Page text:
Combining the sorcery of The Night Circus with the malefic suspense of A Secret History, Thorn Jack is a spectacular, modern retelling of the ancient Scottish ballad, Tam Lin—a beguiling fusion of love, fantasy, and myth that echoes the imaginative artistry of the works of Neil Gaiman, Cassandra Clare, and Melissa Marr.
In the wake of her older sister’s suicide, Finn Sullivan and her father move to a quaint town in upstate New York. Populated with socialites, hippies, and dramatic artists, every corner of this new place holds bright possibilities—and dark enigmas, including the devastatingly attractive Jack Fata, scion of one of the town’s most powerful families.
As she begins to settle in, Finn discovers that beneath its pretty, placid surface, the town and its denizens—especially the Fata family—wield an irresistible charm and dangerous power, a tempting and terrifying blend of good and evil, magic and mystery, that holds dangerous consequences for an innocent and curious girl like Finn.
To free herself and save her beloved Jack, Finn must confront the fearsome Fata family . . . a battle that will lead to shocking secrets about her sister’s death.
Tam Lin happens to be one of my favorite folk tales and I have been lucky to read some wonderful retellings such as Fire and Hemlock and Pamela Dean's eponymous novel, which has a similar academic setting as this one. For some reason, the marketing department decided to throw in "The Night Circus" comparison in the mix, which I think is utter misrepresentation. The similarity is very thin in that both books have magic.
Barbour's writing is engaging and lyrical. Thorn Jack is full of striking or sinister images that jump off the page. The plot is elaborate, full of cool scenes revolving around a series of otherworldly parties/balls thrown by the fey Fatas (perhaps that's The Night Circus popping up?).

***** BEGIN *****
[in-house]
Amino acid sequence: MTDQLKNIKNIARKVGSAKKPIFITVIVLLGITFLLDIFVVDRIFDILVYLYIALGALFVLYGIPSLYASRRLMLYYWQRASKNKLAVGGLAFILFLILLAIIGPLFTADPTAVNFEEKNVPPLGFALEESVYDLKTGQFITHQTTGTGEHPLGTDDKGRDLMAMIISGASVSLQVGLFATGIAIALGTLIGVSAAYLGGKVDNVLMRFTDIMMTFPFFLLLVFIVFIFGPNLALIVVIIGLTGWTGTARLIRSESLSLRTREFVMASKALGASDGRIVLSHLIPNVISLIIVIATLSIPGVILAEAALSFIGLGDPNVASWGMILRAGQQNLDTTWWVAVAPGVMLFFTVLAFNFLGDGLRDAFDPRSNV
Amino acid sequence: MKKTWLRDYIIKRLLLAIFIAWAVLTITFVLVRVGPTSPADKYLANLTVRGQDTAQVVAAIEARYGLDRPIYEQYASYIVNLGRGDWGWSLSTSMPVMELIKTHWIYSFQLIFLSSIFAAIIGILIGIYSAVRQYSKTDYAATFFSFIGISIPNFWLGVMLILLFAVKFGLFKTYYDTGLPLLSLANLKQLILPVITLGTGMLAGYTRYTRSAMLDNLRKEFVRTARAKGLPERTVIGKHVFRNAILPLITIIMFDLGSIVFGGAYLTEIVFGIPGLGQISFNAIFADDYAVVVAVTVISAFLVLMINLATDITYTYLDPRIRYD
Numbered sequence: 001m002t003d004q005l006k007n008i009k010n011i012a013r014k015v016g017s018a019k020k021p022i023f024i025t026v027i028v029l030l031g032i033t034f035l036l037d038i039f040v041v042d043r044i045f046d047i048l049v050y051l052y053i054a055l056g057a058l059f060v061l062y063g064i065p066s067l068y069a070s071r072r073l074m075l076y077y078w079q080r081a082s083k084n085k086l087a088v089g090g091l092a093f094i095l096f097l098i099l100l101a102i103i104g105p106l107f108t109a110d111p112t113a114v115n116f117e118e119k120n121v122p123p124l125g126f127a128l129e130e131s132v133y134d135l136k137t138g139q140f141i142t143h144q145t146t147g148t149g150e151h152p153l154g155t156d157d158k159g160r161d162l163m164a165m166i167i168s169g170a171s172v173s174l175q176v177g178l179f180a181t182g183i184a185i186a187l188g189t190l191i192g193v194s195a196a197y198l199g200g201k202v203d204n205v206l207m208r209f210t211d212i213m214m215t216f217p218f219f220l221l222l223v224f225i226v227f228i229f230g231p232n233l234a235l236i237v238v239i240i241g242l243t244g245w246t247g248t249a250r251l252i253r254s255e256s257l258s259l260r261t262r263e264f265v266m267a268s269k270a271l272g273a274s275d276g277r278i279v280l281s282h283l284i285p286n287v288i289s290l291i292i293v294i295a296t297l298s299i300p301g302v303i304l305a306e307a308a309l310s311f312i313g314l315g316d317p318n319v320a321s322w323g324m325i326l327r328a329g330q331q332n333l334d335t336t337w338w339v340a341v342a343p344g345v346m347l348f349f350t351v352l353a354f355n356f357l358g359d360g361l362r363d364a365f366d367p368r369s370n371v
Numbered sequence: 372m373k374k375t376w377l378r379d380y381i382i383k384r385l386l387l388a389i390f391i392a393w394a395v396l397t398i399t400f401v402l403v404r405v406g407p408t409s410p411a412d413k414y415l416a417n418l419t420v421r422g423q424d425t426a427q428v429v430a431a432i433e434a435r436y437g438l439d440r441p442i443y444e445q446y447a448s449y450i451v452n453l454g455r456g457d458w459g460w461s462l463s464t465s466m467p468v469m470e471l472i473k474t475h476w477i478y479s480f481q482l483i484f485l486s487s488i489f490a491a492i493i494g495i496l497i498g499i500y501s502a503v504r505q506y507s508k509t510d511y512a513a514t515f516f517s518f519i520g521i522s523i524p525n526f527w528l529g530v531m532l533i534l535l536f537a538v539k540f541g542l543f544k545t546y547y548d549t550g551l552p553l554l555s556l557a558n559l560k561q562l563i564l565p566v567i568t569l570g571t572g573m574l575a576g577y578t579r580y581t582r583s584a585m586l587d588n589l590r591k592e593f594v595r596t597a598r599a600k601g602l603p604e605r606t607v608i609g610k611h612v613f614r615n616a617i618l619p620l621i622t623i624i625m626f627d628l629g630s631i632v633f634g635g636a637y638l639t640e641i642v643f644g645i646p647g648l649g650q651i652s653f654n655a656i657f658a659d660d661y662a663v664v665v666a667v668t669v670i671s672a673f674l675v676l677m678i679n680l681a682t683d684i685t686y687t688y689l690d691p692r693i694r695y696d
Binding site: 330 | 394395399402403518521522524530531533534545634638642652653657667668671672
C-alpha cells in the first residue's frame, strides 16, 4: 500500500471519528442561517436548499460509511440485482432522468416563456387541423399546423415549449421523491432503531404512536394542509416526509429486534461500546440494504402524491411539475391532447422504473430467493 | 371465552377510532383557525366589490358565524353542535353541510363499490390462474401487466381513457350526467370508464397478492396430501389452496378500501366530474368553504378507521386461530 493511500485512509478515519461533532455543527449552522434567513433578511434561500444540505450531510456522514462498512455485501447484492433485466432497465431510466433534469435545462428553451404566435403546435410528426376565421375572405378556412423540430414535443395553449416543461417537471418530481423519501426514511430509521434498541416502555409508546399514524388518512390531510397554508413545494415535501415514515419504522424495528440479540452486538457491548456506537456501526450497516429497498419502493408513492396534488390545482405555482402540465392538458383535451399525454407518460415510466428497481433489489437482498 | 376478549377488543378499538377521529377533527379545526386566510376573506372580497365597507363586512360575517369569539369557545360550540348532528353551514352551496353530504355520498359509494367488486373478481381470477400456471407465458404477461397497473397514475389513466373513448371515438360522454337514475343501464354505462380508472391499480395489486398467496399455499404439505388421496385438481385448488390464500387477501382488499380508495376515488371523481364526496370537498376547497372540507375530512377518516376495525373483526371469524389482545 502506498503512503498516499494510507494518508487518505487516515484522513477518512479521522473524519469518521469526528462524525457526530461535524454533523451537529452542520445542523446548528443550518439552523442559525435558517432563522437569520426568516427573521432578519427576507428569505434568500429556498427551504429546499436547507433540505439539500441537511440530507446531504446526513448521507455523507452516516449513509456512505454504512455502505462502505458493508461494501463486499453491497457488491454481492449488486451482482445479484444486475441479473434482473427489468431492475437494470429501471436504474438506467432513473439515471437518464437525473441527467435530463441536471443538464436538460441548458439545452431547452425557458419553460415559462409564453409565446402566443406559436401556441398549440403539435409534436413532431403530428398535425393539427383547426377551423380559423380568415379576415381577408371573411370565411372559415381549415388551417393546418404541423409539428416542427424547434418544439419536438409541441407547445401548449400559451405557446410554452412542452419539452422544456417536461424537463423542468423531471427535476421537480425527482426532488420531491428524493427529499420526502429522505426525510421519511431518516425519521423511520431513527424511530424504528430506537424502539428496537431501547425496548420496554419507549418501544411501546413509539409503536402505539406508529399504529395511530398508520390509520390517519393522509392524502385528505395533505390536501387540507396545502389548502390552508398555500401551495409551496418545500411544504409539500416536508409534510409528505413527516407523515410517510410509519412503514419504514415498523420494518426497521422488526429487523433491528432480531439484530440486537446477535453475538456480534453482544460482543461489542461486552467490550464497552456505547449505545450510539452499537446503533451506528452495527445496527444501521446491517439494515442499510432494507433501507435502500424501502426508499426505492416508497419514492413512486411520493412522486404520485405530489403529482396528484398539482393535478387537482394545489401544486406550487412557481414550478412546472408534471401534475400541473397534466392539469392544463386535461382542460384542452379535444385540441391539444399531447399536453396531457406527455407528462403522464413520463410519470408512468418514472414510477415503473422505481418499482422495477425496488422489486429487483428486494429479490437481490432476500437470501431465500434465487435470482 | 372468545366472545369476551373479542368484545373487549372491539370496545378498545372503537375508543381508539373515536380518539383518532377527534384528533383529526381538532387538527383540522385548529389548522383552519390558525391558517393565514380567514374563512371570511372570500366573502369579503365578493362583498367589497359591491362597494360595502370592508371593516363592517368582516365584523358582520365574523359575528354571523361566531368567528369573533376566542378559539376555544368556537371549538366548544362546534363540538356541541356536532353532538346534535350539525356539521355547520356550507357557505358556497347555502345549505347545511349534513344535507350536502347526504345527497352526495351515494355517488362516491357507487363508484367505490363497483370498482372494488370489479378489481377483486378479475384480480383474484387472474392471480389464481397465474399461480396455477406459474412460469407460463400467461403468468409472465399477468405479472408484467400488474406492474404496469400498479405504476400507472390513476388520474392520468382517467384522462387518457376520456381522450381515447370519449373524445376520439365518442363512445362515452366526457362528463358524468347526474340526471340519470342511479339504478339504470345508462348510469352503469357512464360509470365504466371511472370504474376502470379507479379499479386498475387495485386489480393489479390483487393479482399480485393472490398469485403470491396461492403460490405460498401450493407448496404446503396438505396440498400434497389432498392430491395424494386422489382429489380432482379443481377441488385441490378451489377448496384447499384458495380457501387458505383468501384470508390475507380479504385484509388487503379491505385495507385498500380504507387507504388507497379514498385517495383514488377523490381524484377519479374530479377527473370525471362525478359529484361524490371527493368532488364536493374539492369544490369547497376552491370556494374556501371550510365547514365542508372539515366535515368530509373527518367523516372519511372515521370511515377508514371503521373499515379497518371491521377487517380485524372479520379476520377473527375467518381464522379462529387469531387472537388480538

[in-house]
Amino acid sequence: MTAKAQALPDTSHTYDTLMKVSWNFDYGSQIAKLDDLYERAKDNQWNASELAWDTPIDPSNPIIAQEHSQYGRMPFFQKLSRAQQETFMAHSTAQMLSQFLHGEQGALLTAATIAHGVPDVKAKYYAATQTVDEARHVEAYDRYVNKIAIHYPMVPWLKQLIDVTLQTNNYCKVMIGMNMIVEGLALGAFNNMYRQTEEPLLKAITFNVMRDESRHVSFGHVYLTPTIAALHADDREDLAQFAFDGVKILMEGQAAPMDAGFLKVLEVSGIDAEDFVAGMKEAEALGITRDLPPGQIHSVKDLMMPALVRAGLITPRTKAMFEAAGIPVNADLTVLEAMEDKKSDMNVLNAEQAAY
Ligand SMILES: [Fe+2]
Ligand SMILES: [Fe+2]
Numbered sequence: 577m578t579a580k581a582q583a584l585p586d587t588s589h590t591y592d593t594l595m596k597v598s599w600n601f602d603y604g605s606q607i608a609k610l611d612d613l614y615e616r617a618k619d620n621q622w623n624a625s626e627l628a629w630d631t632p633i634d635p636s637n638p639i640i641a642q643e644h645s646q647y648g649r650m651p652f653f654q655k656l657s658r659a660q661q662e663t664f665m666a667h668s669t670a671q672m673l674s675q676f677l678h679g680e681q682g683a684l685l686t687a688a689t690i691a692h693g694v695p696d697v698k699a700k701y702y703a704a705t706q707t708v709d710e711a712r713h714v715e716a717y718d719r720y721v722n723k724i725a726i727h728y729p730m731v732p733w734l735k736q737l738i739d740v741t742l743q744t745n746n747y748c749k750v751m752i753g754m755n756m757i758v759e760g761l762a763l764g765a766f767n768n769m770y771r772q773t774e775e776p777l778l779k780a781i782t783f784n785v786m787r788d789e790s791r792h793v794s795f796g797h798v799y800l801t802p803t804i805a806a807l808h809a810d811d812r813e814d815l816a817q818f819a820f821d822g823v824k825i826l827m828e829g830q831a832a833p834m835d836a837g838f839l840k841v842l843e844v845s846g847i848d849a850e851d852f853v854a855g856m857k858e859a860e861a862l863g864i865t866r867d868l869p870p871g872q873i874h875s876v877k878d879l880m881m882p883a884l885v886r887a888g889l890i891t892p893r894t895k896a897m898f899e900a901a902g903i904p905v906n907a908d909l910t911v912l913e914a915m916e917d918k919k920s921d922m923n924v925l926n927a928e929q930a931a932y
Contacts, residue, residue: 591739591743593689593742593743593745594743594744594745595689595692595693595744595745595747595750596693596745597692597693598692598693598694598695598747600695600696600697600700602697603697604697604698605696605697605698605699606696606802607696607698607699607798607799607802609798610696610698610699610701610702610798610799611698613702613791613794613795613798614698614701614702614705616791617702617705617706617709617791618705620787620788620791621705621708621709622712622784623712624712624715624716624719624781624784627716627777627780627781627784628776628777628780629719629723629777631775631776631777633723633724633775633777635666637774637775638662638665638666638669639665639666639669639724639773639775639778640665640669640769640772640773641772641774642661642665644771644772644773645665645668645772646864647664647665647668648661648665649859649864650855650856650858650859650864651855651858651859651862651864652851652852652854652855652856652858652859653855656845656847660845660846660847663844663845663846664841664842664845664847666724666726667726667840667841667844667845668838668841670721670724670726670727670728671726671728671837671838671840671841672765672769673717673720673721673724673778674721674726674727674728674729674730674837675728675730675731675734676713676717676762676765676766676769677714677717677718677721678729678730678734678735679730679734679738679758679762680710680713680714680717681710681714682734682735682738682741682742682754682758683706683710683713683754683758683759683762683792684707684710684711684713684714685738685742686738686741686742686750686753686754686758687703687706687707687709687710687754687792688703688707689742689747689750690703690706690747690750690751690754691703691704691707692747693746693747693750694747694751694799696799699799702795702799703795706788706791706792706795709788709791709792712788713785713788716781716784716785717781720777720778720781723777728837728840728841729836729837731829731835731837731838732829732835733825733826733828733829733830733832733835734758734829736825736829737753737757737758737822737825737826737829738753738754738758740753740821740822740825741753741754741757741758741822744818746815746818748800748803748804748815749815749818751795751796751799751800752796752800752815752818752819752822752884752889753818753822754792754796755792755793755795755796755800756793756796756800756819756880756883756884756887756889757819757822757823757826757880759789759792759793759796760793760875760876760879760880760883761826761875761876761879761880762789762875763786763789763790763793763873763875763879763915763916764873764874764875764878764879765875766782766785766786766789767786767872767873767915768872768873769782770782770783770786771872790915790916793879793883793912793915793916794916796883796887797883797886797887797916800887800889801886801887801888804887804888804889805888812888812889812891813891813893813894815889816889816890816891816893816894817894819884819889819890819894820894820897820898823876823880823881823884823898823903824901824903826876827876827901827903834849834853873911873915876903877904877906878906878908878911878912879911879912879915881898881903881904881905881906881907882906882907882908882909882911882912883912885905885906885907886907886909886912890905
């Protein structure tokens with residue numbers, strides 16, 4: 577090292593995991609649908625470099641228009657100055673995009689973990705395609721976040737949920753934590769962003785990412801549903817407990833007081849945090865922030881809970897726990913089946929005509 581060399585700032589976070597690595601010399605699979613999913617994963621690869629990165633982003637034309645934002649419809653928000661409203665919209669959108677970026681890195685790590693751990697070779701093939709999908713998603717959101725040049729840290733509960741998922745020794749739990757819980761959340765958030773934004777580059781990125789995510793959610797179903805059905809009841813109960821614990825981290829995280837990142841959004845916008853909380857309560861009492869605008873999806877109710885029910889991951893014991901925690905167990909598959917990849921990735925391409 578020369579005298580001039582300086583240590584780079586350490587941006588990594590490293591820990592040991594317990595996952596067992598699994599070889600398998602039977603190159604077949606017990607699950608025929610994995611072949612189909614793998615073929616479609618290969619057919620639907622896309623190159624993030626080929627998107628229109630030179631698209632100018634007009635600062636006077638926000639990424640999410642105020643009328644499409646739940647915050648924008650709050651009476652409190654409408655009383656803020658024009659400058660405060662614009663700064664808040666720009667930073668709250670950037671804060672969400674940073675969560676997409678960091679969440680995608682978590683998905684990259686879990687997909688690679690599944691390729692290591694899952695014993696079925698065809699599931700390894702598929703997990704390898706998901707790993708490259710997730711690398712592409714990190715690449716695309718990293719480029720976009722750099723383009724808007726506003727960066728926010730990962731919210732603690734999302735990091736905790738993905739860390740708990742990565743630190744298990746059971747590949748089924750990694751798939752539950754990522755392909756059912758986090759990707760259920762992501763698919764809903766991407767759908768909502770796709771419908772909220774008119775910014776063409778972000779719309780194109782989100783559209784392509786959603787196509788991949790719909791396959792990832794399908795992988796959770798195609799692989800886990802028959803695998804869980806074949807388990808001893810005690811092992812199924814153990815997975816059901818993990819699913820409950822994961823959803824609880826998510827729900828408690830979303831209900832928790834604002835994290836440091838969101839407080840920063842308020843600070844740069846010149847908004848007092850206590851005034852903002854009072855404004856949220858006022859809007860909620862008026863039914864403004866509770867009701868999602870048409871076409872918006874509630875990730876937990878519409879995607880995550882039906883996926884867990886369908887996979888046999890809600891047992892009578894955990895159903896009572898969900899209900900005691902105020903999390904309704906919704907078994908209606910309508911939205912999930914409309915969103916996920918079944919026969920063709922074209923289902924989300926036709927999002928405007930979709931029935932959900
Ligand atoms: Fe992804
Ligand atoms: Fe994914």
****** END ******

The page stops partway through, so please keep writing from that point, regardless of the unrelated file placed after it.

Besides the original source material, Harbour infuses the narrative with myriad references to Shakespeare, Celtic Mythology, Keats, and other literary allusions. If you're an English lit nerd, you will probably love picking all of these out. I say probably because I am an English lit major and I found the references to be a bit much at times and slowed the action for me. What I would have liked more of, however, were the intriguing excerpts from Lily Rose's diary. A separate publication of the entire diary would be a fantastic accompaniment to the series.
Another aspect that made me confused was the large cast of characters, many of them so similar as to be duplicative. I suppose they'll show up again in the subsequent books and that's why they were in this one.
Finally, despite the multitude of literary references, I got a strong young adult,Twilight-esque vibe as Finn becomes obsessed with Jack, the mysterious, dangerous boy who's hundreds of years old and tells her repeatedly to stay away from him when he's not popping up pretty much everywhere she goes. I was not convinced of why he falls in love with her (because something's "different" about her from all the other human girls he's been with in the past 2oo years).
I would categorize Thorn Jack as a sophisticated New Adult paranormal fantasy.